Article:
NAZCA, PERU - JANUARY 16, 2013: Chauchilla cemetery 30 minutes south of Nazca amidst the desert. The macabre place contains prehispanic mummified human remains and archeological artifacts. He shows the 12 shelters built around the tombs which had been excavated. Inside each tomb 1 or 2 mummified bodies were found, complete with clothes and ceramic offerings around them. In one tomb a shaman was buried together with 2 mummified babies as well which were offered as sacrifices. The tombs were all sadly raided in the 1930?s when they were discovered. All of the valuable metals and intact ceramics were stolen. The landscape was dotted with pits where tombs have been excavated previously and human bones were scattered all around. The bodies are so well preserved due to the dry dessert climate. The start of the interments was in about 200 AD. The tombs of the cemetery sadly have been extensively plundered by huaqueros (grave robbers). The site is protected now under PERUvian law since 1997. (Photo by Matthias Schickhofer/ASAblanca via Getty Images)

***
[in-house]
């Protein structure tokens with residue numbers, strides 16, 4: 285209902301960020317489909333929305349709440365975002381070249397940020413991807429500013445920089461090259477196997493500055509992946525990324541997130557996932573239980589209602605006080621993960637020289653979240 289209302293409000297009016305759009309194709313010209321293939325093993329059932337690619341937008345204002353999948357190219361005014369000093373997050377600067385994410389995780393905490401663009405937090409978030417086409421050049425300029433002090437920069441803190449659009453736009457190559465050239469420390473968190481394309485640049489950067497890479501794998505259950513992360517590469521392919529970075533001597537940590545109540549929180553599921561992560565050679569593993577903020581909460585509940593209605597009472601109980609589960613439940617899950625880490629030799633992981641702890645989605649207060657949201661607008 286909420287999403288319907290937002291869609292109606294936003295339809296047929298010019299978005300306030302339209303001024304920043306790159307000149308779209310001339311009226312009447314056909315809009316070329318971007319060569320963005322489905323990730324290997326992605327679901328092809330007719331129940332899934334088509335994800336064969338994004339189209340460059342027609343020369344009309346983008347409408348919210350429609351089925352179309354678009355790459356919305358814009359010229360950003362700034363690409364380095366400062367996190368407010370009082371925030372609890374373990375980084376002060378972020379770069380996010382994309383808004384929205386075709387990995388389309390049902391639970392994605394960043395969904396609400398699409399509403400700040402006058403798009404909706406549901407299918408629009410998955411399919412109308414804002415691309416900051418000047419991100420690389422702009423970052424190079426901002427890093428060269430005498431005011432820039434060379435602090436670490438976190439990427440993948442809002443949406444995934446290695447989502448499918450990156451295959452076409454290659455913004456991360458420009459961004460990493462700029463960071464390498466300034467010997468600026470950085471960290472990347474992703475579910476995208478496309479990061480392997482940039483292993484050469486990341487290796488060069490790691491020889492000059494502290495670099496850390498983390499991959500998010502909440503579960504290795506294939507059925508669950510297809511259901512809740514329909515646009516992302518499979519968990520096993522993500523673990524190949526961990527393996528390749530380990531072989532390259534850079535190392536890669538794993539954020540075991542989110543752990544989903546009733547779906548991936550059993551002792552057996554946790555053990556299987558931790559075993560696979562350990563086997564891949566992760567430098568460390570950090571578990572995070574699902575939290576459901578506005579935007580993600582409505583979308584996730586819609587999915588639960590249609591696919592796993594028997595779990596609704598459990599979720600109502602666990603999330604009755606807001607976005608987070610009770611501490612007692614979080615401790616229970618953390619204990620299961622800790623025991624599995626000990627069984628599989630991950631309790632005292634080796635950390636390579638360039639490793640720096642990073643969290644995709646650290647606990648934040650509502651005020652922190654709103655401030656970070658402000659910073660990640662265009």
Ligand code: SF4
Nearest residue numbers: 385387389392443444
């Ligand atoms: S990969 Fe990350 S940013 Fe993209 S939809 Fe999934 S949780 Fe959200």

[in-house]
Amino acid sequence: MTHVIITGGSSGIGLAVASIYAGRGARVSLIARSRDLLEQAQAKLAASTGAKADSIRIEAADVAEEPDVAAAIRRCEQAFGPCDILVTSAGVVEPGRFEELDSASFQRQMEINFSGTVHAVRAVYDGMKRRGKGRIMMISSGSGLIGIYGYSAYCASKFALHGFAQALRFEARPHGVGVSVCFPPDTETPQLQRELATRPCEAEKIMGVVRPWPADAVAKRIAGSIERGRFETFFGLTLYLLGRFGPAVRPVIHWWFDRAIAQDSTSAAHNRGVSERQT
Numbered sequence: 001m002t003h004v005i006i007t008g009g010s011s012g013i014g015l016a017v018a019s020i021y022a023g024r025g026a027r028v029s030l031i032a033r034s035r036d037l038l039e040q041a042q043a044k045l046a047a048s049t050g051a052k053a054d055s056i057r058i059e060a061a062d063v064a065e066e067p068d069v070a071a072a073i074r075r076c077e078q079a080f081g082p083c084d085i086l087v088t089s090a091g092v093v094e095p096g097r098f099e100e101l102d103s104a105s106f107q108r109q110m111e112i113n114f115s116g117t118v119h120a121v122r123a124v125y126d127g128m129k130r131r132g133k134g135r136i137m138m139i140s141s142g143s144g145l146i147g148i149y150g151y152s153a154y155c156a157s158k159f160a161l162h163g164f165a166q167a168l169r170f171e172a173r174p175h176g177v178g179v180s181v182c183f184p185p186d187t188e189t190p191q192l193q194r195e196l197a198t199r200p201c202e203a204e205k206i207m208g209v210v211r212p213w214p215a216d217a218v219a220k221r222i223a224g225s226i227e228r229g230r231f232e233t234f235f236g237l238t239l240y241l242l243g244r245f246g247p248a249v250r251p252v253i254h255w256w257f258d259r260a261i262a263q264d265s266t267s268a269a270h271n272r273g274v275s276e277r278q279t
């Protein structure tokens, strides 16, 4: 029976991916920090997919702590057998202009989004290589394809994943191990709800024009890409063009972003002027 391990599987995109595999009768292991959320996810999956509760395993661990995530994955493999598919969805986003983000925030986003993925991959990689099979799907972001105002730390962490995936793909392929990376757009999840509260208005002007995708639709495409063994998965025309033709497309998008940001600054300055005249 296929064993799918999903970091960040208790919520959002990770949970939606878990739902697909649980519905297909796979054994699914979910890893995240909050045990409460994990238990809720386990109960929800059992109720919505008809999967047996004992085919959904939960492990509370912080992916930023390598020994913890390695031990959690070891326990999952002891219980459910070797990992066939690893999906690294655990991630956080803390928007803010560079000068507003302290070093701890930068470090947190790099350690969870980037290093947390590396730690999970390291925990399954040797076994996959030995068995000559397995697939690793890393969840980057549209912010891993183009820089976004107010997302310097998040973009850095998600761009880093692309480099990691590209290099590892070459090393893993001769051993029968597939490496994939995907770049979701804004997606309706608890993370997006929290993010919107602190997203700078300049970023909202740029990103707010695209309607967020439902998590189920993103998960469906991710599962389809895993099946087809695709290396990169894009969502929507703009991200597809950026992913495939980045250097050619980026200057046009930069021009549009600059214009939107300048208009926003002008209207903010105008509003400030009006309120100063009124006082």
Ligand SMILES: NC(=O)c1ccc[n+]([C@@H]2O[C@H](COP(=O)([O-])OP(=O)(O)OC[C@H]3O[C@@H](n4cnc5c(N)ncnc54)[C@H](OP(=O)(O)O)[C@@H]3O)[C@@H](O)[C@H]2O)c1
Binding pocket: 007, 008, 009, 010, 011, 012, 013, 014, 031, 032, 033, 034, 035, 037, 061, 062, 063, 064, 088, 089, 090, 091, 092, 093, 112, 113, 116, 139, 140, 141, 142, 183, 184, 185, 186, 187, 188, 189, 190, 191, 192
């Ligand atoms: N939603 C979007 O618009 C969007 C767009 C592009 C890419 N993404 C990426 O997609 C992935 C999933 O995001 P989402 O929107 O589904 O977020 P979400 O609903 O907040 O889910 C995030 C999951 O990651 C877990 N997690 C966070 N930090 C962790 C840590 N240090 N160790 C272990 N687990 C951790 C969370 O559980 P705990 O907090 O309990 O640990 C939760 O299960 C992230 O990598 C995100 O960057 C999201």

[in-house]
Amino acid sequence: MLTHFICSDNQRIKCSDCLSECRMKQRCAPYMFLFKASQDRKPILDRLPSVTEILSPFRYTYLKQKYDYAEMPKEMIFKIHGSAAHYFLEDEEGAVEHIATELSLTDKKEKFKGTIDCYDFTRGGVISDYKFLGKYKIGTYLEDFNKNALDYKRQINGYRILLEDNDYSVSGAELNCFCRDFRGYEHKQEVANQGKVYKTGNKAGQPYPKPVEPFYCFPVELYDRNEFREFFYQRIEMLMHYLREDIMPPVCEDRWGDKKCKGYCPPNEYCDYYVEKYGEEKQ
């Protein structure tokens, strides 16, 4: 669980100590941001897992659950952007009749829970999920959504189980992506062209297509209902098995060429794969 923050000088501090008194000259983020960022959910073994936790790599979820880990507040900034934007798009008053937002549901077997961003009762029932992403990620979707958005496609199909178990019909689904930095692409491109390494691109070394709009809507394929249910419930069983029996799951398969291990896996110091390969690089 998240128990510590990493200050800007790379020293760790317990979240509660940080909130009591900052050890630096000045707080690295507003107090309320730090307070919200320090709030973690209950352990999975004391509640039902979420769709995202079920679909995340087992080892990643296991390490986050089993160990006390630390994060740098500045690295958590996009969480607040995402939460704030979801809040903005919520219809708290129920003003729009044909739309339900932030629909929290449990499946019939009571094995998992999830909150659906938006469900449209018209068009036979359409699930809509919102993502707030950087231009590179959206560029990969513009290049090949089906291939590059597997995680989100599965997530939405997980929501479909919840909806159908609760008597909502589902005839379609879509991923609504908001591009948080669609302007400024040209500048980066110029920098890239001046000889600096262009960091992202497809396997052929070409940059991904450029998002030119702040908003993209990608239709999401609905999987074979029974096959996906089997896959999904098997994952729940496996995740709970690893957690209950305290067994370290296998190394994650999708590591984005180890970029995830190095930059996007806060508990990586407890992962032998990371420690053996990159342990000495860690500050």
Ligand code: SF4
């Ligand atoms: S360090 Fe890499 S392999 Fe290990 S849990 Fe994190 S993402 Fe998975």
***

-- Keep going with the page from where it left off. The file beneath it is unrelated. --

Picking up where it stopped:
NAZCA, PERU - JANUARY 16, 2013: Chauchilla cemetery 30 minutes south of Nazca amidst the desert. The macabre place contains prehispanic mummified human remains and archeological artifacts. He shows the 12 shelters built around the tombs which had been excavated. Inside each tomb 1 or 2 mummified bodies were found, complete with clothes and ceramic offerings around them. In one tomb a shaman was buried together with 2 mummified babies as well which were offered as sacrifices. The tombs were all sadly raided in the 1930?s when they were discovered. All of the valuable metals and intact ceramics were stolen. The landscape was dotted with pits where tombs have been excavated previously and human bones were scattered all around. The bodies are so well preserved due to the dry dessert climate. The start of the interments was in about 200 AD. The tombs of the cemetery sadly have been extensively plundered by huaqueros (grave robbers). The site is protected now under PERUvian law since 1997. (Photo by Matthias Schickhofer/ASAblanca via Getty Images)